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Eric Margolis Headshot

Kicking a Hornet's Nest in Pakistan

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Pakistan's once beautiful Swat Valley has been turned into a battlefield. Last week, Pakistan finally bowed to Washington's angry demands to unleash its military against rebellious Pashtun tribesmen of Northwest Frontier Province (NWFP).

Islamabad's army and air force claimed to have killed 1,000 "terrorists" (read: mostly civilians) and almost emptied the valley of its inhabitants. UN sources now say the operation has created a staggering 1.5-2 million refugees. When Serbs did this to Albanians in Kosovo, Washington rightly called it a war crime.

Since many Pashtun men routinely carry weapons and congregate, Islamabad's claims its strike aircraft, helicopter gunships and heavy artillery can differentiate between civilians and militants is as untruthful as similar claims by the CIA and US military when targeting Afghanistan and Pakistan.

Dead civilians inevitably become "suspected Taliban terrorists."

The US keeps kicking hornet's nests around the globe and wondering why it continues getting stung.

These Pashtun tribes that were attacked are collectively mislabeled "Taliban" in the west. While Pashtun tribesmen, they are not the Afghan Taliban. But it's convenient for western media and Pentagon to slap this convenient label on them, just as a wide assortment of anti-American groups in Iraq, Afghanistan and Somalia that have nothing to do with Isama bin Laden are branded "al-Qaida." Now, add Pakistani "Taliban" to Washington's "bad guys" list.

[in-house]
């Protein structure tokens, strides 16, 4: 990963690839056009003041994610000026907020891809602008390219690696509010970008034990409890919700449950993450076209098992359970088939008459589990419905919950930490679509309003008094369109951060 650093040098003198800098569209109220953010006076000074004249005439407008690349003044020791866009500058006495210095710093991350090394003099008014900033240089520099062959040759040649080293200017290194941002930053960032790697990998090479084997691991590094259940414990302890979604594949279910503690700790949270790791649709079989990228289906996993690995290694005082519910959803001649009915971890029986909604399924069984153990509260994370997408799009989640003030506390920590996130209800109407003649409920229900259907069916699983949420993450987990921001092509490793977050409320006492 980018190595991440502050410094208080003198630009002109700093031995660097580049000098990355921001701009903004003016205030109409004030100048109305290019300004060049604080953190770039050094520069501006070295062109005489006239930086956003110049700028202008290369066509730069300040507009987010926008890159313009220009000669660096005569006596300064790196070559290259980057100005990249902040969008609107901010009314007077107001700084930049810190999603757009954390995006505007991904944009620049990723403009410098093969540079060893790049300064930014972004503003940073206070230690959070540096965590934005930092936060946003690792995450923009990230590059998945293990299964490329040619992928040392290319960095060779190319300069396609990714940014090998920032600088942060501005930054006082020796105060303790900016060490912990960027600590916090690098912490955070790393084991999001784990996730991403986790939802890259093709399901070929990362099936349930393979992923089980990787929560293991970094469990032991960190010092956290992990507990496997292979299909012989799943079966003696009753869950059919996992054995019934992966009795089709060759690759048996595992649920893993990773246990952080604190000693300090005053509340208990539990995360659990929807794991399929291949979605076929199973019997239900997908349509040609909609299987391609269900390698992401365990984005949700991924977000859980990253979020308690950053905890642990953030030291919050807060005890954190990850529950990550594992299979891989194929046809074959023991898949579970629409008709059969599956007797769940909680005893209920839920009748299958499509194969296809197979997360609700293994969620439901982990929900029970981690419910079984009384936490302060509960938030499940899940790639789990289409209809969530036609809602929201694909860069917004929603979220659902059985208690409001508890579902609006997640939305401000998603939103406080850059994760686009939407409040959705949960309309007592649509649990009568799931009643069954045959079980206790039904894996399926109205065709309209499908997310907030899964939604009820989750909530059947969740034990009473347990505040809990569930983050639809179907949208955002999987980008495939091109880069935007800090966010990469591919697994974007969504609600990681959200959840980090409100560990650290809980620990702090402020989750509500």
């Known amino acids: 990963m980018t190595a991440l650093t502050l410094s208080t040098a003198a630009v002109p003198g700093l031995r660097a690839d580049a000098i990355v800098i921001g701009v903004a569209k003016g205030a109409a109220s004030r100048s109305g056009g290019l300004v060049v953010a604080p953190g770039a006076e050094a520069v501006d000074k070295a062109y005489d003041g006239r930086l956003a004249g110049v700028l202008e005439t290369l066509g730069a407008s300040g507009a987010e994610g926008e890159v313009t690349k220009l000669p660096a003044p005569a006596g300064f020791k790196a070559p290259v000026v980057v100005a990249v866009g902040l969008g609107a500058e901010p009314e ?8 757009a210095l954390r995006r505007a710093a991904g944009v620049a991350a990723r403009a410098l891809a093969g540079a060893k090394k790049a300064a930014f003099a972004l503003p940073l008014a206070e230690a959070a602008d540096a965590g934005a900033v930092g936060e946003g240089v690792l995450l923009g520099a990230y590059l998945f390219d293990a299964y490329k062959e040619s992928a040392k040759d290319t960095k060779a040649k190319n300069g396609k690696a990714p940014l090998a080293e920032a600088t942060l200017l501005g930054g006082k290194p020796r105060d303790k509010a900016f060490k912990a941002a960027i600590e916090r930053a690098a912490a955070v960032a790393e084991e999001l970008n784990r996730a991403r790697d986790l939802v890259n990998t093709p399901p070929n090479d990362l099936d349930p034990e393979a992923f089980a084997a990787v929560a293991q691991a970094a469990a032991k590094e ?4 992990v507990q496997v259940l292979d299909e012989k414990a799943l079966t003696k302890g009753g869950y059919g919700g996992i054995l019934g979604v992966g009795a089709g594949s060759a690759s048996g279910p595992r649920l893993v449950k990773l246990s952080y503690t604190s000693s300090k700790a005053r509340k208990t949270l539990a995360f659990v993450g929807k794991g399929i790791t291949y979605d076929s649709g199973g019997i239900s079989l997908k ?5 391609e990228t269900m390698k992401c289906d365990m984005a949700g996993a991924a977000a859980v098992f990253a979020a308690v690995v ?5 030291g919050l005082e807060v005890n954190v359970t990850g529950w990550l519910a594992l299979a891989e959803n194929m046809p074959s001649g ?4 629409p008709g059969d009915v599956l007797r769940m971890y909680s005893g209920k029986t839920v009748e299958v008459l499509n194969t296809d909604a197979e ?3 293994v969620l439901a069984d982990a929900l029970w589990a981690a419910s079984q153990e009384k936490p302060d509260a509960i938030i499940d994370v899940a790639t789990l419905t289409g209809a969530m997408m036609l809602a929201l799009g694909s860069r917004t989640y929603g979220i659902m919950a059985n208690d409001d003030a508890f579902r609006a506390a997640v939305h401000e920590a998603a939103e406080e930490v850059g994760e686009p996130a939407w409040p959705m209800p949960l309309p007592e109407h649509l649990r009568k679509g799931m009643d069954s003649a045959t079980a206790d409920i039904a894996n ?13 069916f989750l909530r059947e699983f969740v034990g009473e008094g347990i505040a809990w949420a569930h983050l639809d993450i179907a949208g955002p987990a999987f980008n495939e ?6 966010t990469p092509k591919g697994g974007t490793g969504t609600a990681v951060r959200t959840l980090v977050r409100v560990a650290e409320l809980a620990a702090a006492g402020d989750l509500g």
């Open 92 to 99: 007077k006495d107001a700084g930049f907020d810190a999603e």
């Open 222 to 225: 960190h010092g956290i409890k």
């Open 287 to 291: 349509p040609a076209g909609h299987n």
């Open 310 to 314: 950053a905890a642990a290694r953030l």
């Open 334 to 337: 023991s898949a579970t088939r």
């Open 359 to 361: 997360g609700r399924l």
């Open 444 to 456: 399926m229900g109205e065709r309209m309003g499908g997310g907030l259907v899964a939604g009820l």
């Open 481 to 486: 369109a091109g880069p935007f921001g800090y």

The Obama administration had threatened to stop $1.2 billion annual cash payments to bankrupt Pakistan's political and military leadership, and block $5.5 billion future aid, unless Islamabad sent its soldiers into Pakistan's turbulent NWFP along the Afghan frontier and crushed attempts to re-establish Islamic Law and autonomy.

The unpopular, isolated government of Pakistan's president, Asif Ali Zardari, which many Pakistanis call American puppets, was understandably reluctant to unleash its armed forces against Pakistani citizens, but Washington's angry demands became irresistible.

Washington further demanded that Islamabad crush the reinstatement of Islamic law in Swat. Many people in the Northwest Frontier region and other parts of Pakistan want Islamic law because in utterly corrupt Pakistan it represents the only honest and swift justice. The only other "law," government civil courts and administration, are bought by the highest bidders and held in contempt.

Pakistan's armed forces, who are being paid by the US to fight Pashtun tribes, have scored a brilliant victory against their own people. Too bad Pakistan's military does not manage to do as well in wars against India. Blasting civilians at home, however, is much safer and more profitable.

Unable to pacify Afghanistan's Pashtun tribes (again, lumped together as "Taliban"), a deeply frustrated Washington has begun tearing Pakistan apart in an effort to end Pashtun resistance in both nations. CIA drone aircraft have so far killed over 700 Pakistani Pashtun. Only 6% were militants, according to Pakistan's media investigations, the rest civilians.

Pashtun, also called Pathan by outsiders, are the world's largest tribal people. Fifteen million live in Afghanistan, forming half its population. Twenty-six million live right across the border in Pakistan.